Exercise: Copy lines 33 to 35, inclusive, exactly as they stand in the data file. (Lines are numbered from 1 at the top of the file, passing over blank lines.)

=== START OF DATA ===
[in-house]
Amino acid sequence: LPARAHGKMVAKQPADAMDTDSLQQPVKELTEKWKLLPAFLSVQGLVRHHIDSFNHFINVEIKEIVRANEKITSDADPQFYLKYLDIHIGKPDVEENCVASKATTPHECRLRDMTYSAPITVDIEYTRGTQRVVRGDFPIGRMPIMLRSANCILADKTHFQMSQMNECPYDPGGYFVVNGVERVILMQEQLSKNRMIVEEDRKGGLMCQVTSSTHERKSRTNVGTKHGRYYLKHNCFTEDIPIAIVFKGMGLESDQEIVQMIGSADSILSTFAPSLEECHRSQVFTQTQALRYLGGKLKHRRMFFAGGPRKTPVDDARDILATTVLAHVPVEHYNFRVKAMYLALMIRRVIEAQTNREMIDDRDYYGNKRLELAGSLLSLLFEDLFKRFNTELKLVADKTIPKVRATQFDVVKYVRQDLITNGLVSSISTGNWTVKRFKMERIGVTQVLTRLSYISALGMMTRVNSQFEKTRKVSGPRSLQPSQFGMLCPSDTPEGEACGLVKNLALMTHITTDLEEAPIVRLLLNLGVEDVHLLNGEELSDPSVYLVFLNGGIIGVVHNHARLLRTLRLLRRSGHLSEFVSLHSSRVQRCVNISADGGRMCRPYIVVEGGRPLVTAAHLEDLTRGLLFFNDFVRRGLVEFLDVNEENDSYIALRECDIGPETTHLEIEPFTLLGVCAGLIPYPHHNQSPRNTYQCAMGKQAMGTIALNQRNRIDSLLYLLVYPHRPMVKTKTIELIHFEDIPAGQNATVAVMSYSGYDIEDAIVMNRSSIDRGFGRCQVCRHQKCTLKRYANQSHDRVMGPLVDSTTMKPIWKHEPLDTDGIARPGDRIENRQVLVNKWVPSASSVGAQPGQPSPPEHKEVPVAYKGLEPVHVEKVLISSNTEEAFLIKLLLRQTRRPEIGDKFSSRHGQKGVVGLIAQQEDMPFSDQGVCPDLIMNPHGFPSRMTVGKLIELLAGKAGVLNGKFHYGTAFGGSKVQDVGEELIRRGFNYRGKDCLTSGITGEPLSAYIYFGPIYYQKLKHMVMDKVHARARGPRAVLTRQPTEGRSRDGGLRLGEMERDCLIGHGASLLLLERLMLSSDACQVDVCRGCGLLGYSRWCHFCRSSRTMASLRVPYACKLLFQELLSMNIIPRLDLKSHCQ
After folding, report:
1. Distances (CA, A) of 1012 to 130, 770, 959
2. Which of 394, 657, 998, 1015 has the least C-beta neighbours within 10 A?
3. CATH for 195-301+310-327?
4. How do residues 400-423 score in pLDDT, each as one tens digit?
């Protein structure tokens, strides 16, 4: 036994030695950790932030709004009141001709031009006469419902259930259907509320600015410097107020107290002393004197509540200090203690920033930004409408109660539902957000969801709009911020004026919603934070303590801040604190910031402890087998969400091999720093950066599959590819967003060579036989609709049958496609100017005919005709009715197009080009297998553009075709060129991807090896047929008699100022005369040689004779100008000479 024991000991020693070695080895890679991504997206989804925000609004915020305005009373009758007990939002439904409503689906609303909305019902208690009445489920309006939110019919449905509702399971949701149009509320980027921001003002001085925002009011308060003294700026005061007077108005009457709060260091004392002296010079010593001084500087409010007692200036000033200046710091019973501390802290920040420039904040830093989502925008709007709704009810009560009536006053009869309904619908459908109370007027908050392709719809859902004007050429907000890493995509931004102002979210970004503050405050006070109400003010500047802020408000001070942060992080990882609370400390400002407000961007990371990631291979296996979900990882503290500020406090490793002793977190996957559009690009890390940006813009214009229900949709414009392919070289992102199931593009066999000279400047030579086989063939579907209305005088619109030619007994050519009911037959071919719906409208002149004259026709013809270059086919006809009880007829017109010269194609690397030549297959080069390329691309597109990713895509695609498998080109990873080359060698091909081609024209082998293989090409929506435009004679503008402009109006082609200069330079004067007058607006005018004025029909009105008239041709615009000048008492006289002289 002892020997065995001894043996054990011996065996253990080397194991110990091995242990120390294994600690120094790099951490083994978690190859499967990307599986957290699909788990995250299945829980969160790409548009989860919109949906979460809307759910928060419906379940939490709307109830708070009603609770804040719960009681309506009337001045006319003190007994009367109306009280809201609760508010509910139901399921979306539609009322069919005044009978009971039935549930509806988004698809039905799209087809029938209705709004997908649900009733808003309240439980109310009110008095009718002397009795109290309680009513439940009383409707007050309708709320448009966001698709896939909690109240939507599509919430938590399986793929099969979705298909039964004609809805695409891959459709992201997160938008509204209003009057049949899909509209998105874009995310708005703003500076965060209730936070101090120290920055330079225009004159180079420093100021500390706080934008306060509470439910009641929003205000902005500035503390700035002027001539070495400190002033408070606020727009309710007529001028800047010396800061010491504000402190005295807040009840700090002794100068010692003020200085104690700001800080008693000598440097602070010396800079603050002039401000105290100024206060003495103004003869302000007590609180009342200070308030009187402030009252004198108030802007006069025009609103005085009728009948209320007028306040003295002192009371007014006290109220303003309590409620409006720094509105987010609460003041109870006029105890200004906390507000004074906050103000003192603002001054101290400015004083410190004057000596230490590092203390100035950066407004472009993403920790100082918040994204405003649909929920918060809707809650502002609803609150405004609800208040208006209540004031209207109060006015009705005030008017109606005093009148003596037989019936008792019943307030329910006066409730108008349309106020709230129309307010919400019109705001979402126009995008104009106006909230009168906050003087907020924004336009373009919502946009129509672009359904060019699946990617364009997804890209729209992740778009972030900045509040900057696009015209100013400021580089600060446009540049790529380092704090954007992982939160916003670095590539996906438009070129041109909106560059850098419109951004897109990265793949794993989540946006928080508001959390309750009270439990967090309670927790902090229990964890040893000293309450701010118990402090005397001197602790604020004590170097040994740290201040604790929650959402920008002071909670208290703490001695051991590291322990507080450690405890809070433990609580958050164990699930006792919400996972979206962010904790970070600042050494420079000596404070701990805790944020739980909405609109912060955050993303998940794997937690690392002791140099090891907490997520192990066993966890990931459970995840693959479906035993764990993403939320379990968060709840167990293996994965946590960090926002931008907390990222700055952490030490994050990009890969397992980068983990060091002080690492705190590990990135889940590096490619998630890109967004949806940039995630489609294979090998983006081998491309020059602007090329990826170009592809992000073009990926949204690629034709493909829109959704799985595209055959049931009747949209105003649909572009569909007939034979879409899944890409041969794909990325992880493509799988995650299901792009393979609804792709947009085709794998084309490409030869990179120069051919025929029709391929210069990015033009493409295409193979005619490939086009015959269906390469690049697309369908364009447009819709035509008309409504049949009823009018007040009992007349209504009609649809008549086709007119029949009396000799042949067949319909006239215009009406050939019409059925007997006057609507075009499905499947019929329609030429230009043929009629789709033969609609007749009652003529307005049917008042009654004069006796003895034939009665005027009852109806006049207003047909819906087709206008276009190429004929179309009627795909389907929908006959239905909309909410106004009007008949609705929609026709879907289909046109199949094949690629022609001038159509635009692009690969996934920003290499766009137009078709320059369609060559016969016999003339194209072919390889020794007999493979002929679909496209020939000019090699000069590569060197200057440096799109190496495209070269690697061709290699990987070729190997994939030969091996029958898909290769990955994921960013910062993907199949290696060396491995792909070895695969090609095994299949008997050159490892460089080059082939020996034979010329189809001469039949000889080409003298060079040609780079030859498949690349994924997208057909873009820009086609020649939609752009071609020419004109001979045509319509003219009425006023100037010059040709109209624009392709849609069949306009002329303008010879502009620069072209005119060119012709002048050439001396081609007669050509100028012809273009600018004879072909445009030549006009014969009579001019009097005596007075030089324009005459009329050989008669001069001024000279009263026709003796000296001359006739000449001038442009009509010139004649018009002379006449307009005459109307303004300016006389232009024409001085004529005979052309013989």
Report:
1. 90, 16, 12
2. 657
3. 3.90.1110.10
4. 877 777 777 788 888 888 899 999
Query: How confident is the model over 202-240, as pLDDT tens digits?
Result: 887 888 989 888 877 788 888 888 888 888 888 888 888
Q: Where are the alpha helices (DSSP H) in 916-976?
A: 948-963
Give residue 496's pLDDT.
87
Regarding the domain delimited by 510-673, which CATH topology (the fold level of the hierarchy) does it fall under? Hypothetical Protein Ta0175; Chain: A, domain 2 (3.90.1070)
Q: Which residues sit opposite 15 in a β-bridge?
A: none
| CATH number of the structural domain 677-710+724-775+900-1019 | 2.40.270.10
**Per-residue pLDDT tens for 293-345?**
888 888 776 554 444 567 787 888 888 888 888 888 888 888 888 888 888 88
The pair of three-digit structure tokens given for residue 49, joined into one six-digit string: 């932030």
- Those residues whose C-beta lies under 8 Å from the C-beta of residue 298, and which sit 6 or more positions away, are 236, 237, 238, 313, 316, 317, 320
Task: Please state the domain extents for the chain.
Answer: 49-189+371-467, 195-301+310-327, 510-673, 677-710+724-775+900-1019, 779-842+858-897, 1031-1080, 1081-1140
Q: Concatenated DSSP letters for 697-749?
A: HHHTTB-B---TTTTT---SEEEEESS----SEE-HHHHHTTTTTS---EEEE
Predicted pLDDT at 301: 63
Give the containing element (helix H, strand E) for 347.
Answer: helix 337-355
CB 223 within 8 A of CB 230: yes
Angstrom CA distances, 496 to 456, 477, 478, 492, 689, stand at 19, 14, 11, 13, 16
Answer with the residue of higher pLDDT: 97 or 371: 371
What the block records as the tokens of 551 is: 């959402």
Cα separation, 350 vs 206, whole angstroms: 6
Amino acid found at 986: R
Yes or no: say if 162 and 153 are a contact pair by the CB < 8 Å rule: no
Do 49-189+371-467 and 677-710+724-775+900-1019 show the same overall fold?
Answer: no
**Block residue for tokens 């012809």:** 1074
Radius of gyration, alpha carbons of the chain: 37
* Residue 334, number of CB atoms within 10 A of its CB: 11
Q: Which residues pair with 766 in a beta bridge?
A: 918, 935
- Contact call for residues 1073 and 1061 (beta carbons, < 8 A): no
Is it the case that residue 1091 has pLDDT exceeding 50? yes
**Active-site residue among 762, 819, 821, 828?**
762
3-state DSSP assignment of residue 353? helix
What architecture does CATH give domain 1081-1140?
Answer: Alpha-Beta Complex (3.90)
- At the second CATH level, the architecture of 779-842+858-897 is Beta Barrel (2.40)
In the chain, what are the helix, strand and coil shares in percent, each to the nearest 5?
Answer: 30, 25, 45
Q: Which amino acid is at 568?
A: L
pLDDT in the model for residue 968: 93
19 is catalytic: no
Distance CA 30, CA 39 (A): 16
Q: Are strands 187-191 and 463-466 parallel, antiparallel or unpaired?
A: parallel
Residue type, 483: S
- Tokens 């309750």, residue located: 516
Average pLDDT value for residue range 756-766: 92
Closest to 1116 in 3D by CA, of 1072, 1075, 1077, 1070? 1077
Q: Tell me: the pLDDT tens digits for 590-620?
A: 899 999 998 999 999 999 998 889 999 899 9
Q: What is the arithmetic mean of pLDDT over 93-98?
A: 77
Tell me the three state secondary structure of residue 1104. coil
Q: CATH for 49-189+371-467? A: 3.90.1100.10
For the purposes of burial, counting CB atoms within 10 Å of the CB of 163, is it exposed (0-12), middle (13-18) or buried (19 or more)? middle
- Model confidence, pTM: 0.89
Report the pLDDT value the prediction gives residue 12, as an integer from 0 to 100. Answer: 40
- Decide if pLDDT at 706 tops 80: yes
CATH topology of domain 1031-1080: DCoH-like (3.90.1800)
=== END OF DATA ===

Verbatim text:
Give the containing element (helix H, strand E) for 347.
Answer: helix 337-355
CB 223 within 8 A of CB 230: yes